}

    // Create Book
    let book = Book(context: managedObjectContext)
}

We populate the title and author properties of the Book instance by reading the text property of titleTextField and authorTextField.

// MARK: - Actions

@IBAction func addBook(_ sender: Any) {
    guard let managedObjectContext = managedObjectContext else {
        fatalError("No Managed Object Context Available")
    }

    // Create Book
    let book = Book(context: managedObjectContext)

    // Populate Book
    book.title = titleTextField.text
    book.author = authorTextField.text
}

To save the book to the persistent store, we invoke save() on the managed object context. The save() method is a throwing method so we prefix the invocation with the try keyword and wrap it in a do-catch statement. We dismiss the view controller if the save operation is successful.

// MARK: - Actions

@IBAction func addBook(_ sender: Any) {
    guard let managedObjectContext = managedObjectContext else {
        fatalError("No Managed Object Context Available")
    }

    // Create Book
    let book = Book(context: managedObjectContext)

    // Populate Book
    book.title = titleTextField.text
    book.author = authorTextField.text

    do {
        // Save Book to Persistent Store
        try managedObjectContext.save()

        // Dismiss View Controller
        dismiss(animated: true)
    } catch {
        print("Unable to Save Book, \(error)")
    }
}

That's it. It is time to save your first book. Build and run the application, tap the + button in the top right, and fill out the form. Tap the Add Book button to save the book to the persistent store.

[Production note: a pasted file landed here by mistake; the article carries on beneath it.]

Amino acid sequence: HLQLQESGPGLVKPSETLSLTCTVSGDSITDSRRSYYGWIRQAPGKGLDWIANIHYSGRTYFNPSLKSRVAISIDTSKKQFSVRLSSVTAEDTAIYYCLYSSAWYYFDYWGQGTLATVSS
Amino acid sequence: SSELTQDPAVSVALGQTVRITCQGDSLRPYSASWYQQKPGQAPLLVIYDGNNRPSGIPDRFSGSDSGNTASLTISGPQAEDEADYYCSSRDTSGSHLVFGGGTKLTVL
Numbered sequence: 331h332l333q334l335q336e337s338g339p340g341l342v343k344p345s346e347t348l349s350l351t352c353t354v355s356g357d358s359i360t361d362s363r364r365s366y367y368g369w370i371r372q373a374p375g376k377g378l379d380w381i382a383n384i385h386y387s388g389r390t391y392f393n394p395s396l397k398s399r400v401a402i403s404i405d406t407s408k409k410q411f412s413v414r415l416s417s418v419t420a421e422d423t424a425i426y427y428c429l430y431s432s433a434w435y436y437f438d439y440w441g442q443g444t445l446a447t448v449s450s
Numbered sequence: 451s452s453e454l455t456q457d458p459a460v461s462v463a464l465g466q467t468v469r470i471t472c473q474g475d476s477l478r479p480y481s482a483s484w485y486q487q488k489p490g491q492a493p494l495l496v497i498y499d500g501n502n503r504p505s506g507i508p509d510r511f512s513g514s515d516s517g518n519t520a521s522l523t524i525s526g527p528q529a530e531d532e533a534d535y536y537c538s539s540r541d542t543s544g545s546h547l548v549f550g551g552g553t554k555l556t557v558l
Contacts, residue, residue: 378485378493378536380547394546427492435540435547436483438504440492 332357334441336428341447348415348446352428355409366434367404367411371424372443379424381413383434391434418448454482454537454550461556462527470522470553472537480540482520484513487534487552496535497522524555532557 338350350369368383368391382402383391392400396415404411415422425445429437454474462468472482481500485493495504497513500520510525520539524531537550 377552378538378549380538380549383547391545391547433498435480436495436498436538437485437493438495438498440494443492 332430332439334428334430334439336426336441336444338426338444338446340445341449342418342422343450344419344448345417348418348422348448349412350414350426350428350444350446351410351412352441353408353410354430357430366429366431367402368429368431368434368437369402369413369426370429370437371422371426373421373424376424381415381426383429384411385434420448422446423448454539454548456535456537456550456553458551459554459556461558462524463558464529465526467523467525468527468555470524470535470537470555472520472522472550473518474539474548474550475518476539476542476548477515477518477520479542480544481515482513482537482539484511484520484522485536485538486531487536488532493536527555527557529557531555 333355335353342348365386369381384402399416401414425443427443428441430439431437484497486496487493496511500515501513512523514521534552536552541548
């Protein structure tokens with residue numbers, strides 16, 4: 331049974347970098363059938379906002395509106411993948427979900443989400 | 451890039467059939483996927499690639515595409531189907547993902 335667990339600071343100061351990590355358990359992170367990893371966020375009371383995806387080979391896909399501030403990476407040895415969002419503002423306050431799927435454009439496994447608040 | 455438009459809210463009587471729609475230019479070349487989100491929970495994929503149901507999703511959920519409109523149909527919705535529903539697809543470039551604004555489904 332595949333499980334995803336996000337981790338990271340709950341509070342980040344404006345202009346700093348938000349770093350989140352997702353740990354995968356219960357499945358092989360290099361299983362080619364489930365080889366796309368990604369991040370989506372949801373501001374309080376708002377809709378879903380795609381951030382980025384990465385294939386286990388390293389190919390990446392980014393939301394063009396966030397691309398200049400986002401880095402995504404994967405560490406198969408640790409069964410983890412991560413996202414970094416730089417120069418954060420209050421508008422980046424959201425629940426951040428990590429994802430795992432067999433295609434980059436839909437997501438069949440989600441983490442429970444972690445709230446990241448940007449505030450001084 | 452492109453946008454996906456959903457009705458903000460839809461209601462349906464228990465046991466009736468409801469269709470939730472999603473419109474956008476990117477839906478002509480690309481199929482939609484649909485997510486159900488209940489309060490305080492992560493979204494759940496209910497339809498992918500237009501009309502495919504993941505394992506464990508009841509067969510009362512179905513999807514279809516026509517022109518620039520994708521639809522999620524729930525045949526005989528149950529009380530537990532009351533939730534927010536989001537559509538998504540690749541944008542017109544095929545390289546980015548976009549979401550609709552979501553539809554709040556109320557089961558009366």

Saving Data to a Persistent Store

Inspecting the Persistent Store

How do we know if the book was successfully saved to the persistent store? We can inspect the persistent store, the SQLite database. Let's print the location of the persistent store to the console. I showed you in the previous episode how to do that. Open BooksViewController.swift and add a print statement to the completion handler of loadPersistentStores(completionHandler:).

// MARK: - View Life Cycle

override func viewDidLoad() {
    super.viewDidLoad()

    persistentContainer.loadPersistentStores { [weak self] persistentStoreDescription, error in
        if let error = error {
            print("Unable to Add Persistent Store")
            print("\(error), \(error.localizedDescription)")

        } else {
            print(persistentStoreDescription.url)

            self?.fetchBooks()
        }
    }
}

Build and run the application and inspect the output in the console. If you run the application in the simulator, then you can find the persistent store somewhere in the /Library/Developer directory.

Browsing the Persistent Store

The SQLite database is named Books.sqlite. I use Base to inspect the contents of the SQLite database. The data of the ZBOOK table confirms that we successfully saved the book to the persistent store.

Browsing the Persistent Store

What's Next?

In the next episode, we display the number of books in the books view controller by performing a fetch request.

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Next Episode "Fetching Data from a Persistent Store"